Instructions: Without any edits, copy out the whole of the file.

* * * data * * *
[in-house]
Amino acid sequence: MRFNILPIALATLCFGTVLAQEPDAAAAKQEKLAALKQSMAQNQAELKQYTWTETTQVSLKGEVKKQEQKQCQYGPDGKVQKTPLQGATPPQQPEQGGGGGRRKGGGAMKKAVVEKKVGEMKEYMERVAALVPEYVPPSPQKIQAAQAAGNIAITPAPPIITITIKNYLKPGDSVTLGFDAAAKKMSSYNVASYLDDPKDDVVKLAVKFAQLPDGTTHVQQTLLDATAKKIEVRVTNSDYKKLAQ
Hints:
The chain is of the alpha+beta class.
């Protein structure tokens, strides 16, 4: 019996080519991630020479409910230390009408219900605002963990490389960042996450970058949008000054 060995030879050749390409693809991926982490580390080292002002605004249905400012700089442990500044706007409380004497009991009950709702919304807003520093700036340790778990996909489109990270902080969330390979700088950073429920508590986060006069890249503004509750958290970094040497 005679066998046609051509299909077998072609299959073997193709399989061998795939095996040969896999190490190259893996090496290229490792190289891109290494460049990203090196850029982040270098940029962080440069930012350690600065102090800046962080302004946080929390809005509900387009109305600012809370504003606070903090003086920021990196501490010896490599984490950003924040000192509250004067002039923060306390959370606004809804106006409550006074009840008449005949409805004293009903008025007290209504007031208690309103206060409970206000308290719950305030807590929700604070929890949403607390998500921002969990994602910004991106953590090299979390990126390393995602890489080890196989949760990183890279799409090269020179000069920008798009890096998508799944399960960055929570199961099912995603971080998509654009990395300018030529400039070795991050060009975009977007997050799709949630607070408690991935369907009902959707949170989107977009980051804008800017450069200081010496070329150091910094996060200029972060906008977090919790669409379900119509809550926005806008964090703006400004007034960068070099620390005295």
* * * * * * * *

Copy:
[in-house]
Amino acid sequence: MRFNILPIALATLCFGTVLAQEPDAAAAKQEKLAALKQSMAQNQAELKQYTWTETTQVSLKGEVKKQEQKQCQYGPDGKVQKTPLQGATPPQQPEQGGGGGRRKGGGAMKKAVVEKKVGEMKEYMERVAALVPEYVPPSPQKIQAAQAAGNIAITPAPPIITITIKNYLKPGDSVTLGFDAAAKKMSSYNVASYLDDPKDDVVKLAVKFAQLPDGTTHVQQTLLDATAKKIEVRVTNSDYKKLAQ
Hints:
The chain is of the alpha+beta class.
């Protein structure tokens, strides 16, 4: 019996080519991630020479409910230390009408219900605002963990490389960042996450970058949008000054 060995030879050749390409693809991926982490580390080292002002605004249905400012700089442990500044706007409380004497009991009950709702919304807003520093700036340790778990996909489109990270902080969330390979700088950073429920508590986060006069890249503004509750958290970094040497 005679066998046609051509299909077998072609299959073997193709399989061998795939095996040969896999190490190259893996090496290229490792190289891109290494460049990203090196850029982040270098940029962080440069930012350690600065102090800046962080302004946080929390809005509900387009109305600012809370504003606070903090003086920021990196501490010896490599984490950003924040000192509250004067002039923060306390959370606004809804106006409550006074009840008449005949409805004293009903008025007290209504007031208690309103206060409970206000308290719950305030807590929700604070929890949403607390998500921002969990994602910004991106953590090299979390990126390393995602890489080890196989949760990183890279799409090269020179000069920008798009890096998508799944399960960055929570199961099912995603971080998509654009990395300018030529400039070795991050060009975009977007997050799709949630607070408690991935369907009902959707949170989107977009980051804008800017450069200081010496070329150091910094996060200029972060906008977090919790669409379900119509809550926005806008964090703006400004007034960068070099620390005295």